and, in another sense, now that ‘green-washed’ has replaced ‘acid-washed’ as the rinse du jour, there are, ever burgeoning, opportunities opening up–even Mercury-filled CFLs gain the ‘green-washed’ bark from the ‘approval’ seals..

  17. KidDynamite says:

    today’s release by the FDIC:

    http://www.fdic.gov/news/board/Sept29no1.pdf

    is probably the most important news story of the past 3 months. there’s a lot of information in there – i wrote a post about it if you can’t figure it out.

    this is a MAJOR FREAKING STORY! the FDIC is giving you the truth about the financial picture: they are still increasing loss estimates – they tell you about their illiquid collateral… huge.

  18. Marcus Aurelius says:

    KidDynamite:

    Thanks for the link.

  19. MR-

    nice link~ as we should be reminded: “Knowledge is Power”, and, as his story illuminates “Power is Freedom”.

    maybe we should understand http://clusty.com/search?input-form=clusty-simple&v%3Asources=webplus&query=used+books+in+landfills , and export them, instead of nascent-Industry destroying Crop-surpluses and Used Clothing (?)

    maybe that would be, too heavy, a mirror of our own Ignorance?

  20. call me ahab says:

    KD-i read your condensed version- thanks- everything comes down to the fact that the banking system is BK- with liabilities exceeding assets due to securities that have zero market value

    mregan-

    good little human interest story there- kid must be pretty bright to be able to pull that off from just a magazine

  21. call me ahab says:

    for the brave- does not appear to be in real terms- but frightening nonetheless- especially the tax implications-

    http://sareloberholster.blogspot.com/

    hat tip Marcus Aurelius

  22. willid3 says:

    one theory on the mess
    http://www.newyorker.com/reporting/2009/10/05/091005fa_fact_cassidy

    ~~~

    BR: And the correction of that theory:

    Can Irrationality Be Rational?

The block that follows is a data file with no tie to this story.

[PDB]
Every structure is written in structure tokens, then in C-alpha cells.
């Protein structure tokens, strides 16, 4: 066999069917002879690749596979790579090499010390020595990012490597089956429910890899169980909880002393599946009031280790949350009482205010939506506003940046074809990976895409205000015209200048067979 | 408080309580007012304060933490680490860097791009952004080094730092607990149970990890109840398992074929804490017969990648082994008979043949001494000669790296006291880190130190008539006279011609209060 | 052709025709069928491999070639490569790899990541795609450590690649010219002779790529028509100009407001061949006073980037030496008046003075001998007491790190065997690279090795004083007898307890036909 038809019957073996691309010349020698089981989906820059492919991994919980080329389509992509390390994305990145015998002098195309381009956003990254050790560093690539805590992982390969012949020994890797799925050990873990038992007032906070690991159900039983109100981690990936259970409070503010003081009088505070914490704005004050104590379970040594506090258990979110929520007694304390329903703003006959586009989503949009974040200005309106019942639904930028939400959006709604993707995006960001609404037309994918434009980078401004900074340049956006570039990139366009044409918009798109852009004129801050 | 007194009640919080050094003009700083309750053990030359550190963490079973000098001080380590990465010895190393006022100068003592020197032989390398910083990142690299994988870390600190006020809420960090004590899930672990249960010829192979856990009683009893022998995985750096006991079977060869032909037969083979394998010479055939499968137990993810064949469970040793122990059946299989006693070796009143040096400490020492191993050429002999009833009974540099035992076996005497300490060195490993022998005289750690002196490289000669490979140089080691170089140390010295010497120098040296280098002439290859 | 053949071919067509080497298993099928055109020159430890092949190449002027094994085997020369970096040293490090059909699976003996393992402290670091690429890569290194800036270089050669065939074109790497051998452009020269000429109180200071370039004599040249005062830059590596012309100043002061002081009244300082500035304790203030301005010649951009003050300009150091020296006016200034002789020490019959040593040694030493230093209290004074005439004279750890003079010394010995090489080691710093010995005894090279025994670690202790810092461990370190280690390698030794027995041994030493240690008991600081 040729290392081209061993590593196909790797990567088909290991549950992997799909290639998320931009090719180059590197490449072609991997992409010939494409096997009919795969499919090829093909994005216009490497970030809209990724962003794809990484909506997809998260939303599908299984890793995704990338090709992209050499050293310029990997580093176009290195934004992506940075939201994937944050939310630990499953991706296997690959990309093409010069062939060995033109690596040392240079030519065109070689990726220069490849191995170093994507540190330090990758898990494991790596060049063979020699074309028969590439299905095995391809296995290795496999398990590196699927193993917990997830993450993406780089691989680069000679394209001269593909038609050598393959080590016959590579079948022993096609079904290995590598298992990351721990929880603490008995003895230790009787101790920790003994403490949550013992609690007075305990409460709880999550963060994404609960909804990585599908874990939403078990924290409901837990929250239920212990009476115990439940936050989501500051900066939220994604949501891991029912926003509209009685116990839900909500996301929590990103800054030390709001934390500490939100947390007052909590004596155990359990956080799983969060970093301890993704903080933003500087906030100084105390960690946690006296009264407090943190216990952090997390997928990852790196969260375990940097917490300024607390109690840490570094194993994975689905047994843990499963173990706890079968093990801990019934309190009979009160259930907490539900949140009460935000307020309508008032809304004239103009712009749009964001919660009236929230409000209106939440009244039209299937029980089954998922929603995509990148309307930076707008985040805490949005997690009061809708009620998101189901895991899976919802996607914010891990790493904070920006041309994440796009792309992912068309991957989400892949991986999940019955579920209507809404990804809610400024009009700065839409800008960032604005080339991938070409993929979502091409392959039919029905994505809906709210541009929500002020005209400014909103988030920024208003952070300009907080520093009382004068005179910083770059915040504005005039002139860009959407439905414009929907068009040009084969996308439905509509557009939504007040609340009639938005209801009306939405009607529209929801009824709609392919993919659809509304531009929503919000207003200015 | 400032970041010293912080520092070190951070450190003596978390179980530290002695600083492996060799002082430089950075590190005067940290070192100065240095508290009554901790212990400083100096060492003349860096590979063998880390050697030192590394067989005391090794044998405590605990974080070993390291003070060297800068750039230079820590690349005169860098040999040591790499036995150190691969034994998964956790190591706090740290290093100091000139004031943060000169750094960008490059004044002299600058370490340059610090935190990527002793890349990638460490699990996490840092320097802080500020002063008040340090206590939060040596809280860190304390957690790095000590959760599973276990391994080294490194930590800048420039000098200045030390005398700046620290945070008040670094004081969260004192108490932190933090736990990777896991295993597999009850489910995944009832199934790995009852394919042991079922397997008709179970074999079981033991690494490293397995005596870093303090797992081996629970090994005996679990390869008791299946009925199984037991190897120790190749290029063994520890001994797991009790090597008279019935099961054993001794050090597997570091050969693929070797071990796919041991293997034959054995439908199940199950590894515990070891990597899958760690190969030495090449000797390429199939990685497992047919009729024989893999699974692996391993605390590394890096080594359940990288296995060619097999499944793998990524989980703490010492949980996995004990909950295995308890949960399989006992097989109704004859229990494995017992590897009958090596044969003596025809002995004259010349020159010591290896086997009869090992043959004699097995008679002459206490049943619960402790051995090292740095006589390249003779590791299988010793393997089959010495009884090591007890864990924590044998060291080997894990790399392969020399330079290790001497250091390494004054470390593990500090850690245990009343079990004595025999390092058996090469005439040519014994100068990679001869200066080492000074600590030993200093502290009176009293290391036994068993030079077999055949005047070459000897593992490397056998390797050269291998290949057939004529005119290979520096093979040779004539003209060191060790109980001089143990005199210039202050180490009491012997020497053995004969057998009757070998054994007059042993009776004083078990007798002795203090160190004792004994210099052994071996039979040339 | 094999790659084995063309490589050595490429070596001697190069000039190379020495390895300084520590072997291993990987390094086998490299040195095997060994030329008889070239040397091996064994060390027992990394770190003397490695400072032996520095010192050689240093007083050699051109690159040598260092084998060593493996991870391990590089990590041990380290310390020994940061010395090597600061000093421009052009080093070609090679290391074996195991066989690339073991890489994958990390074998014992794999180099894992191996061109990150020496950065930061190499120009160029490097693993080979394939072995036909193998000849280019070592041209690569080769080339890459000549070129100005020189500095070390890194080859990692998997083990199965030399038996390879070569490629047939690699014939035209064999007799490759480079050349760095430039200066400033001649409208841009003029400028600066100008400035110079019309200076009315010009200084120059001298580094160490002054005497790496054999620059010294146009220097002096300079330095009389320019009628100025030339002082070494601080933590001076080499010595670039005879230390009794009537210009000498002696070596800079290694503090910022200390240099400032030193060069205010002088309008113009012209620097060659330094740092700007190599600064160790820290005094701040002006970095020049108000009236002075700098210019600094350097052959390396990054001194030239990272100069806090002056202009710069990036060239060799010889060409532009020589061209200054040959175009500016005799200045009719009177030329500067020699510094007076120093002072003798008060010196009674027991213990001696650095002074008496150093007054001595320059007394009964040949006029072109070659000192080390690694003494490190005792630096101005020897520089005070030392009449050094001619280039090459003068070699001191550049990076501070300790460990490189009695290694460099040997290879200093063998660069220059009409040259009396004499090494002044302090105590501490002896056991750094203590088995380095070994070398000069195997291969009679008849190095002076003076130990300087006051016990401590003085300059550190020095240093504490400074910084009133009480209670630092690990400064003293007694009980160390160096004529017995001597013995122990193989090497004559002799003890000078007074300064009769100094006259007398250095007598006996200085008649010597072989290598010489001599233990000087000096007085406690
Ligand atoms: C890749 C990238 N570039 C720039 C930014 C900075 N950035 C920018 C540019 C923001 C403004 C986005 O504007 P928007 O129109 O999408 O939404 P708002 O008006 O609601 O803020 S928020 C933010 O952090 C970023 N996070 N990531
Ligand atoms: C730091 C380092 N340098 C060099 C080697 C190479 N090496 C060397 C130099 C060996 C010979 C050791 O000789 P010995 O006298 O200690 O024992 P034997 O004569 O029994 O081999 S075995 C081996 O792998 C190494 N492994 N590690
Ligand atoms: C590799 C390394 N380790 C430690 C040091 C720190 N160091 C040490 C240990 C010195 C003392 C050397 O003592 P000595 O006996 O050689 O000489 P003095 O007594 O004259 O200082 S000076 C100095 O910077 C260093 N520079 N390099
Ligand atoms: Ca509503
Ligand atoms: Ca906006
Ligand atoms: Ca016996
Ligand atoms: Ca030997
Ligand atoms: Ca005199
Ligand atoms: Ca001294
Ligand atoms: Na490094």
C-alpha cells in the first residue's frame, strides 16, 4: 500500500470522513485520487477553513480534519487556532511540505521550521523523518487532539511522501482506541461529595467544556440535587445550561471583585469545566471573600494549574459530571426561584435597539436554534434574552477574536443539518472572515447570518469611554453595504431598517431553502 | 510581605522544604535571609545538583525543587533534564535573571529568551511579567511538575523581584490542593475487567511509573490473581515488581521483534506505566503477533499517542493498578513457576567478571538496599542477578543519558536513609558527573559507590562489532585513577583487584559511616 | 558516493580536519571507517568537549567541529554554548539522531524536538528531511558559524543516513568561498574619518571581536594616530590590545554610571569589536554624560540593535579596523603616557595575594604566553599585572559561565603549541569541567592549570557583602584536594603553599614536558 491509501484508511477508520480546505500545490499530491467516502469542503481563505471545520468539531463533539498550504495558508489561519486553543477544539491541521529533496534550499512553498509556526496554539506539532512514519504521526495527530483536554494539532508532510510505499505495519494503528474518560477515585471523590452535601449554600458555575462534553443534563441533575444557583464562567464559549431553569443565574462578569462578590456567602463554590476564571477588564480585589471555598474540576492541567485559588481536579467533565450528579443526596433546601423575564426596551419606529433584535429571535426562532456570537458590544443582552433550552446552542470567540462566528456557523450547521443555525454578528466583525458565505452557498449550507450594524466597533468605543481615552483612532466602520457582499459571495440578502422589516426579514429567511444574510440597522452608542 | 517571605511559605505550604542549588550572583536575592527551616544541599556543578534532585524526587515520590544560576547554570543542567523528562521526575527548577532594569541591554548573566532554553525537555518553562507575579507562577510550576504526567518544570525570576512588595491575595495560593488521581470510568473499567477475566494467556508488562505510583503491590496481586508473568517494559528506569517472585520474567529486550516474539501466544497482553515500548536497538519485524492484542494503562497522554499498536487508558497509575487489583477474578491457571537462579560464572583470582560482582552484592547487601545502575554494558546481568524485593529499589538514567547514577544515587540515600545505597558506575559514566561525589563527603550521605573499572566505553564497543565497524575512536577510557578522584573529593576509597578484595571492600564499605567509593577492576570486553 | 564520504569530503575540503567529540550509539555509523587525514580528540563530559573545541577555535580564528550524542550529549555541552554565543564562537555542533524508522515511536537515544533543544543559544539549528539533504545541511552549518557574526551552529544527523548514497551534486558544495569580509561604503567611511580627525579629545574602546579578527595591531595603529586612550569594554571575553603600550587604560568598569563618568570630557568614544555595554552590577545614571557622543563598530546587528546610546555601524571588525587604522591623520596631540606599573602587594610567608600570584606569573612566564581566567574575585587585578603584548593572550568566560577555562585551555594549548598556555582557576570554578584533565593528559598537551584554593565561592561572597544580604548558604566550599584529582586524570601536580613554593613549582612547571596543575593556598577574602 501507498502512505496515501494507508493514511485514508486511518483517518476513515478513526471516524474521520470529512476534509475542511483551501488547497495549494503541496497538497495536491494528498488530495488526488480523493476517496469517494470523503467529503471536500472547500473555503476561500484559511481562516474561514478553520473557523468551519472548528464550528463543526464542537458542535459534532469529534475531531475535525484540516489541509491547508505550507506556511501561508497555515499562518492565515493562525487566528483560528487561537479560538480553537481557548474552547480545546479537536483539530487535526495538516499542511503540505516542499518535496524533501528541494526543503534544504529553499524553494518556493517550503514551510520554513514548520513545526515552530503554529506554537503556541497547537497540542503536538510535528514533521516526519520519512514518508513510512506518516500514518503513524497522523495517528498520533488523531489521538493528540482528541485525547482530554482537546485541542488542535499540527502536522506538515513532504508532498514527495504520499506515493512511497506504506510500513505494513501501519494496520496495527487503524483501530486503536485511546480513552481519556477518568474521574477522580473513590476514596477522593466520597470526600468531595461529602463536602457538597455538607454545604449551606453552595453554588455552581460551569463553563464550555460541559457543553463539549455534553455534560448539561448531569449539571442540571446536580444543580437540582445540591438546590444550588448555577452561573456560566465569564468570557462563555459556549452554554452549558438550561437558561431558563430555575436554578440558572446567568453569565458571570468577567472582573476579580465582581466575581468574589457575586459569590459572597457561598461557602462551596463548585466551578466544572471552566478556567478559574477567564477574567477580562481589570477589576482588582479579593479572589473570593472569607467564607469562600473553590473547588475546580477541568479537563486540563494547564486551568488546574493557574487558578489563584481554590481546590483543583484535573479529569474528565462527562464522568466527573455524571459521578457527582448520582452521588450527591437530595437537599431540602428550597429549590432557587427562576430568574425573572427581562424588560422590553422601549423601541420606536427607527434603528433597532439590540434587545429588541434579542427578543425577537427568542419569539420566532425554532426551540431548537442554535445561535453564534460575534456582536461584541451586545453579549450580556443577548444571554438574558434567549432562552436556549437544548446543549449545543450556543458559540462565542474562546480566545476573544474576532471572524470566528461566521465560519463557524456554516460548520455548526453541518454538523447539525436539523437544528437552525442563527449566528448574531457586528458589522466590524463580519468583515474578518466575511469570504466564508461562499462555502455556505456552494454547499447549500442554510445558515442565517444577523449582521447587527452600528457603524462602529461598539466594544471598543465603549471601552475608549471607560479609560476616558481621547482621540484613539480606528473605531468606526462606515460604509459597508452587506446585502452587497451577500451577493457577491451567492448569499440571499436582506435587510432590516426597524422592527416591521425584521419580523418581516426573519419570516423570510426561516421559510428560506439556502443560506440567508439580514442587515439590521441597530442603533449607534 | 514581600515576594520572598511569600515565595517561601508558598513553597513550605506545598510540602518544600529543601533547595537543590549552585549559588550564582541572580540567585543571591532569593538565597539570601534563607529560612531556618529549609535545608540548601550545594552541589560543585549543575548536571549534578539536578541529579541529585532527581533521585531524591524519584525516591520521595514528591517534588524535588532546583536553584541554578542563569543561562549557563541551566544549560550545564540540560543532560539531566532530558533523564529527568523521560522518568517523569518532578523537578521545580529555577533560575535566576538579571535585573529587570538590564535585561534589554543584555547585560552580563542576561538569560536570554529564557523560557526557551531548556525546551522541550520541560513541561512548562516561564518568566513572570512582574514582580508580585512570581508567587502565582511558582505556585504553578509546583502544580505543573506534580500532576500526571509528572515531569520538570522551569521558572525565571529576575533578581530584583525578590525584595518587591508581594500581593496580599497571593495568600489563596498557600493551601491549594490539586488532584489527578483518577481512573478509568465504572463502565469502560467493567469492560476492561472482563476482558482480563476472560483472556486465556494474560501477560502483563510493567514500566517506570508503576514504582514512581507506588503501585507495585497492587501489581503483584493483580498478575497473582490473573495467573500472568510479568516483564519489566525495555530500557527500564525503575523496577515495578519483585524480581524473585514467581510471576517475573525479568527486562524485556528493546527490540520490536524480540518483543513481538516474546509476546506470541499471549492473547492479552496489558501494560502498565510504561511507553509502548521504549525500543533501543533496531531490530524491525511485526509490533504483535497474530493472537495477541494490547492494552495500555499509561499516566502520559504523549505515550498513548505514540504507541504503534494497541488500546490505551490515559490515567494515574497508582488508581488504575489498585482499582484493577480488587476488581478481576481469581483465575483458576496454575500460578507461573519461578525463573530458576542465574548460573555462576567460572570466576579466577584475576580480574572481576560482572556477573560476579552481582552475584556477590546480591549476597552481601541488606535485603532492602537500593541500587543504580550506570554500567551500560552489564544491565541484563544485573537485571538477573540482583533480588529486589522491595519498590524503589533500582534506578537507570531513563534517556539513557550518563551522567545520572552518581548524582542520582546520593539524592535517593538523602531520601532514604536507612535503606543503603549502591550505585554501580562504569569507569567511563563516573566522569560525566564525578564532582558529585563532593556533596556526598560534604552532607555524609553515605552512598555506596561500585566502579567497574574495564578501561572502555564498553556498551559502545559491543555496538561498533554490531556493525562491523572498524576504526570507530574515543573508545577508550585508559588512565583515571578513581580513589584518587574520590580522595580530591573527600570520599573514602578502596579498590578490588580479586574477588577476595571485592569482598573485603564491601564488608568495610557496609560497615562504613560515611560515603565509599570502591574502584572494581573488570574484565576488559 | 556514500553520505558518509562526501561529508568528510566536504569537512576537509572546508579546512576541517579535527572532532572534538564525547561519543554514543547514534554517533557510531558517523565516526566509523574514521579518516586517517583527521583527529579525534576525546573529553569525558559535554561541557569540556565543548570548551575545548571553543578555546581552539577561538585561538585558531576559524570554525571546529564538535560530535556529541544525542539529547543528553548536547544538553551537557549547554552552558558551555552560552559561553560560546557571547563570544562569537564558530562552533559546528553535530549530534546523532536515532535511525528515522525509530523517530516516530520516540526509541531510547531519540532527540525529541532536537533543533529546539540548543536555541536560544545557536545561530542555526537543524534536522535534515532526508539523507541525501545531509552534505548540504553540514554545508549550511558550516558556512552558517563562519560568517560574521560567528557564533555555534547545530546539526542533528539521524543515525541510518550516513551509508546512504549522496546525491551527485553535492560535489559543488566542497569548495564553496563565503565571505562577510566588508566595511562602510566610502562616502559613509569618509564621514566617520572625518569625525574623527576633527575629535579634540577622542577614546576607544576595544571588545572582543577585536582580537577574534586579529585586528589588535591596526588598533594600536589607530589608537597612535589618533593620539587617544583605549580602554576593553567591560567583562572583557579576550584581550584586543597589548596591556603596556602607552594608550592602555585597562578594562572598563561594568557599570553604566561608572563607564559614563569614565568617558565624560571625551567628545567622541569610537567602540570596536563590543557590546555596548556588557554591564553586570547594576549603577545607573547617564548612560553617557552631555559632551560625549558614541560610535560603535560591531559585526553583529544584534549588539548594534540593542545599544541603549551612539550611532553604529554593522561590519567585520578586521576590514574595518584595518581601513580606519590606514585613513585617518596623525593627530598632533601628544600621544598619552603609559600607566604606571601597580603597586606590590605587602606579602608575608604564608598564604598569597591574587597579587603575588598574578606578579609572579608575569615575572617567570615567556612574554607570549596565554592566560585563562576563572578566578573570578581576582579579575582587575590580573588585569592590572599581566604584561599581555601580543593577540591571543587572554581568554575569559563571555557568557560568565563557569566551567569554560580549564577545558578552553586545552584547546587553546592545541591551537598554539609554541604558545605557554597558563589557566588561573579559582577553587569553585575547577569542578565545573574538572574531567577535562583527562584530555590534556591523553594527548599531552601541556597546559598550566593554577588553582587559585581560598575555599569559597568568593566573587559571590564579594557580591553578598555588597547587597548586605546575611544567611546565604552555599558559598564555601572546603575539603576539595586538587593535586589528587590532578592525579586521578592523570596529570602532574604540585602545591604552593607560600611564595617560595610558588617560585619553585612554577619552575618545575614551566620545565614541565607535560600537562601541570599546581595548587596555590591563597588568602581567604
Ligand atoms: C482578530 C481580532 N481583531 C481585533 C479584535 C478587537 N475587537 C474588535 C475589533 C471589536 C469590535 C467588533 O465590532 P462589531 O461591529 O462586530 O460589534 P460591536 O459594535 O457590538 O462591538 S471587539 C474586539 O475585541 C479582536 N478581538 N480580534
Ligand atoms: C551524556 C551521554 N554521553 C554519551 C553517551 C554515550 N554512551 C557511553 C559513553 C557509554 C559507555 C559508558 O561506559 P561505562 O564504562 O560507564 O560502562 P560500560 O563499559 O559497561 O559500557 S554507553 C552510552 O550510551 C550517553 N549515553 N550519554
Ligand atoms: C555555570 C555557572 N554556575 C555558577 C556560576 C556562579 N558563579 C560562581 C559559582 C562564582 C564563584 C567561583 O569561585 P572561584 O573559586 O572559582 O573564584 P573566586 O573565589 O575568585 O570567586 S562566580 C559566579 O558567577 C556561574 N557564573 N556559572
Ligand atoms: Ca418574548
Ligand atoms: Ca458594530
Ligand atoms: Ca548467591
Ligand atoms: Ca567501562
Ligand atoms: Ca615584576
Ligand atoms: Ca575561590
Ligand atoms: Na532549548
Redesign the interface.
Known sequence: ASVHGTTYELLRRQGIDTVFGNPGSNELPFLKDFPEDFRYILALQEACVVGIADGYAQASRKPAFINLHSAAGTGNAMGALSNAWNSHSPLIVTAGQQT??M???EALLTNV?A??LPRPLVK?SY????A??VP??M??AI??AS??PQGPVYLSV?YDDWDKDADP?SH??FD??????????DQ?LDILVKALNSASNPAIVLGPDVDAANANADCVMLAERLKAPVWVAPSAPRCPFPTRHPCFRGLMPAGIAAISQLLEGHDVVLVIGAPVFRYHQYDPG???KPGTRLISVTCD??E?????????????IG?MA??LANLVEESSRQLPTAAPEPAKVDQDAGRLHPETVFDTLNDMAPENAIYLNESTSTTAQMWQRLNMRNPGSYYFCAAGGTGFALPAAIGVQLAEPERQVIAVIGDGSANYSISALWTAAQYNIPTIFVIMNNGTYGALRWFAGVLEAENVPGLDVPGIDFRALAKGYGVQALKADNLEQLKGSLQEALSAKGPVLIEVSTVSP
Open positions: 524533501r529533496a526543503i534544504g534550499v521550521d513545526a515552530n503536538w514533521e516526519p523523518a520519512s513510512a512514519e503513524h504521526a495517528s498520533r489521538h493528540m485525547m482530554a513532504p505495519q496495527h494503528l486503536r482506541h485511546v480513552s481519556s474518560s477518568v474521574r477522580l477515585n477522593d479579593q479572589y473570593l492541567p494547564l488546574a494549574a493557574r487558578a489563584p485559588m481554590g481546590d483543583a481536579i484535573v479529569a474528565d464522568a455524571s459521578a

http://www.ritholtz.com/blog/2009/09/can-irrationality-be-rational/

  23. wunsacon says:

    Without the polymaths, who’s looking out for the Big Picture? Huh, Barry?? You “lawyer”, “investor”, “blogger”, you.

  24. call me ahab says:

    willid @ 8:06-

    sadly- he was only speaking the truth- look what that gets you- my guess is he will land somewhere where the truth is valued-

    good for him for saying what he believed

  25. wunsacon says:

    OF COURSE, the income gap widened. And we blew a historic chance to reset the wealth gap. Had every bank and business failed, most people would be worth just the maximum guaranteed by the FDIC or SIPC (multiplied by their *number* of accounts).

    The bailouts, as conceived and implemented, were overwhelmingly oligarchical.

  26. David Merkel says:

    Thanks, Barry. My post got more attention than I would have predicted.

  27. keithpiccirillo says:

    On the article of inquisitiveness.
    Why and how can one be a child but not childlike?
    It’s a tough job but somebody has to do it, and as an adult playfulness and a sense of humour are important catalysts.

  28. beaufou says:

    The FDIC already have an approved line of credit with the treasury.
    Why on earth are they complicating the matter by asking banks for pre-payments?

    Did I miss an episode?

  29. bubba says:

    @mannwich

    tried to reply to your post, but i guess it didn’t get pass barry’s filter. prolly on account that it included the word soc!lism. in short, i like your idea but it’s not going to happen here on account of the loud minority too stupid to think for themselves.

  30. jonagil says:

    The intelligent life and HBR posts make a nice couplet. Polymath enables Associating. Not just good for innovating, but also key to investing…

    Barry, I know you essentially play the role of editor when you post your daily links. I’m curious whether you consciously assemble themes, or whether it’s the result of unconscious randomness.

  31. Mannwich says:

    @bubba: Looks like it’s there now. Sadly, I agree with you. Looks like things aren’t nearly broken enough, and our populace nearly smart enough, for real, substantive change to happen. Not there yet. Could take a lot longer than I had thought or hoped.

  32. investorinpa says:

    This is the ultimate in sucker investments…great article on people losing their shirts because they bought the dumb investment known as a time share!
    http://contraryriches.blogspot.com/2009/09/investing-in-time-shares-plunge.html

  33. lhenriquez says: